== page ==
CHICAGO — Adding daratumumab to bortezomib and dexamethasone was associated with a 61% reduction in risk of disease progression in patients with relapsed or refractory multiple myeloma (RRMM), according to results of the phase 3 CASTOR study presented in a plenary session at the American Society of Clinical Oncology (ASCO) 2016 Annual Meeting.1
“Daratumumab, bortezomib, and dexamethasone can today potentially be considered a new standard of care” for patients who are currently receiving bortezomib/dexamethasone alone, said Antonio Palumbo, MD, associate professor, University of Torino, Torino, Italy, on behalf of the CASTOR investigators.
Compared with bortezomib and dexamethasone alone, the addition of daratumumab significantly improved progression-free survival, time to progression, and overall response rates, with the treatment benefit consistent across subgroups. In fact, “earlier treatment with daratumumab-bortezomib/dexamethasone may be the most beneficial,” Dr. Palumbo said.
Daratumumab is a human CD38 IgGκ monoclonal antibody with direct and indirect antimyeloma activity that depletes CD38+ immunosuppressive regulatory cells while promoting T cell expansion and activation. The US Food and Drug Administration has approved daratumumab as a single agent in RRMM.
The CASTOR study randomly assigned 251 patients to receive daratumumab 16 mg/kg IV every week for cycles 1 to 3; every 3 weeks for cycles 4 to 8; and every 4 weeks for cycle 9 and beyond plus bortezomib 1.3 mg/m2 on days 1, 4, 8, and 11 of cycles 1 to 8 and dexamethasone 20 mg on days 1, 2, 4, 5, 8 ,9 ,11, and 12 of cycles 1 to 8 and 247 patients to the same bortezomib and dexamethasone regimens. Cycles 1to 8 were repeated every 21 days and cycles 9 and beyond, every 28 days.
Baseline demographics and disease characteristics were well balanced between the 2 treatment arms. Patients received a median of 2 prior lines of therapy (range, 1-10), including 66% who had received bortezomib; 76%, ImiD; and 48%, protease inhibitors and ImiD. A total of 33% of patients were ImiD-refractory and 32% were refractory to last line of prior therapy.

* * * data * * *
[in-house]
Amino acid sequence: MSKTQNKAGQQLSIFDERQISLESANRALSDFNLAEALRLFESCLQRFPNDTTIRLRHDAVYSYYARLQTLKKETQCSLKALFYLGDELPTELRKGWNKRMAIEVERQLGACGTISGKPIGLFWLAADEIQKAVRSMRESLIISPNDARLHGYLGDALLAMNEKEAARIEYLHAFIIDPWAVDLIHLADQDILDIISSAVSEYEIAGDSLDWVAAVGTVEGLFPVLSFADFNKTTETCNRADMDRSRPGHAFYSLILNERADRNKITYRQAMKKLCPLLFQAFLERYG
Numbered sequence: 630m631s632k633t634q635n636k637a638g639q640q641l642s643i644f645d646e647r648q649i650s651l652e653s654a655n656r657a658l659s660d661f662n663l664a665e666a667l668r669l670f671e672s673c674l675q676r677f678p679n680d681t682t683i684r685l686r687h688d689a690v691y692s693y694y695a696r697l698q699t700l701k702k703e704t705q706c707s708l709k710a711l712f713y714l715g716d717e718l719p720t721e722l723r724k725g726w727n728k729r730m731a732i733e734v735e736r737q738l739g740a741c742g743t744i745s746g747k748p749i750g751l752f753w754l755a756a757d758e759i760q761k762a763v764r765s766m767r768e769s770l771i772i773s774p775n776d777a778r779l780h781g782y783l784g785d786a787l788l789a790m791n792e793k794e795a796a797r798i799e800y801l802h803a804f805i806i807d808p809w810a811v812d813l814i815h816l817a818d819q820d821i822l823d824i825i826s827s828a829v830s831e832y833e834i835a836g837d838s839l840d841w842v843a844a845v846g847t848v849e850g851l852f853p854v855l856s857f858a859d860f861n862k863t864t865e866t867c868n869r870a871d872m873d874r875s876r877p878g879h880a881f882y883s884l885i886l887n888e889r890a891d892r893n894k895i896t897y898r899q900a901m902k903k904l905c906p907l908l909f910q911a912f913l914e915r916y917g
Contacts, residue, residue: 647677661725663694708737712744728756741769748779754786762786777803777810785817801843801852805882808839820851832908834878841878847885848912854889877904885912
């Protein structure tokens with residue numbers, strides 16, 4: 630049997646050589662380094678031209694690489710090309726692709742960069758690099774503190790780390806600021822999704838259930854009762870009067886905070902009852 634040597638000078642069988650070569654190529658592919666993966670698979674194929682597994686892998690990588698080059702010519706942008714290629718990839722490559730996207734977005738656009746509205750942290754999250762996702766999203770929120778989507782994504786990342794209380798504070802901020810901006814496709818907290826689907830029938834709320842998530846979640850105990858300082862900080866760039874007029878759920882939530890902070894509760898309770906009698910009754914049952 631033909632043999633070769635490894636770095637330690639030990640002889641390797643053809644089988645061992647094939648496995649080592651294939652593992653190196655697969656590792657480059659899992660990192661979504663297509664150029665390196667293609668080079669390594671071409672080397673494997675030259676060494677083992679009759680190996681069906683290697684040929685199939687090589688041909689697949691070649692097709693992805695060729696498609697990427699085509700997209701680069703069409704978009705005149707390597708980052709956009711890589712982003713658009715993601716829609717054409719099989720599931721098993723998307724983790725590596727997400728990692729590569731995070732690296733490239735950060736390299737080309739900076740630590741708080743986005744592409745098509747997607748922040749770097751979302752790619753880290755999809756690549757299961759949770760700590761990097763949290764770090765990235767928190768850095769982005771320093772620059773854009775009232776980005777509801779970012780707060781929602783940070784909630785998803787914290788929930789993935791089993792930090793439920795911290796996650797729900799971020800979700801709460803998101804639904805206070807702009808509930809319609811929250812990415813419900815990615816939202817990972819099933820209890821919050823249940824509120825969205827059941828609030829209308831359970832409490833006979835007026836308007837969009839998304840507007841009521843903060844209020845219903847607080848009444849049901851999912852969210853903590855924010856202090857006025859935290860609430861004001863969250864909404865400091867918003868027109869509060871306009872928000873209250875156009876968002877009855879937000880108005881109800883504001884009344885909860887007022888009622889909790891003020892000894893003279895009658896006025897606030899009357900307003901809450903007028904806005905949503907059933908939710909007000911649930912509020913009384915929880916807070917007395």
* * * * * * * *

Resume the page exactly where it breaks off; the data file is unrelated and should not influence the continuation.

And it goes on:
At a median follow-up of 7.4 months (range, 0-14.9), daratumumab significantly improved median progression-free survival as well as time to progression compared with bortezomib and dexamethasone.
Median progression-free survival was not reached in the daratumumab arm vs 7.2 months in the control arm (HR, 0.39; 95% CI, 0.28-0.53; P < .0001); rates at 1 year were 60.7% vs 26.9%. In addition, median time to progression was not reached in the daratumumab arm vs 7.3 months in the control arm (HR, 0.30; 95% CI, 0.21, 0.43; P < .0001); rates at 1 year were 65.4% vs 28.8%.
Daratumumab also significantly increased overall response rates (83% vs 63%; P < .0001), and doubled very good partial response (59% vs 29%; P < .0001), and complete response rates (19% vs 9%; P = .0012). Among patients who were MRD-negative, overall response rate was 14% in the daratumumab arm compared with 3% in the control arm.
The most common adverse events were thrombocytopenia (59% in the daratumumab arm vs 44% in the control arm; sensory peripheral neuropathy (47% vs 38%), diarrhea (32% vs 22%) and anemia (26% vs 31%). The most common grade 3/4 adverse events were thrombocytopenia (45% vs 33%), anemia (14% vs 16%), and neutropenia (13% vs 4%).
A total of 7% of patients in the daratumumab arm discontinued due to a treatment-emergent adverse event, as did 9% of patients in the control arm. Daratumumab-associated infusion-related reactions occurred in 45% of patients, primarily during the first infusion. The majority were grade 1/2; 9% were grade 3/4.
1. Palumbo A, Chanan-Khan AA, Weisel K, et al. Phase III randomized controlled study of daratumumab, bortezomib, and dexamethasone (DVd) versus bortezomib and dexamethasone (Vd) in patients (pts) with relapsed or refractory multiple myeloma (RRMM): CASTOR study. Plenary presentation at: ASCO 2016 Annual Meeting; June 3-7, 2016; Chicago, IL.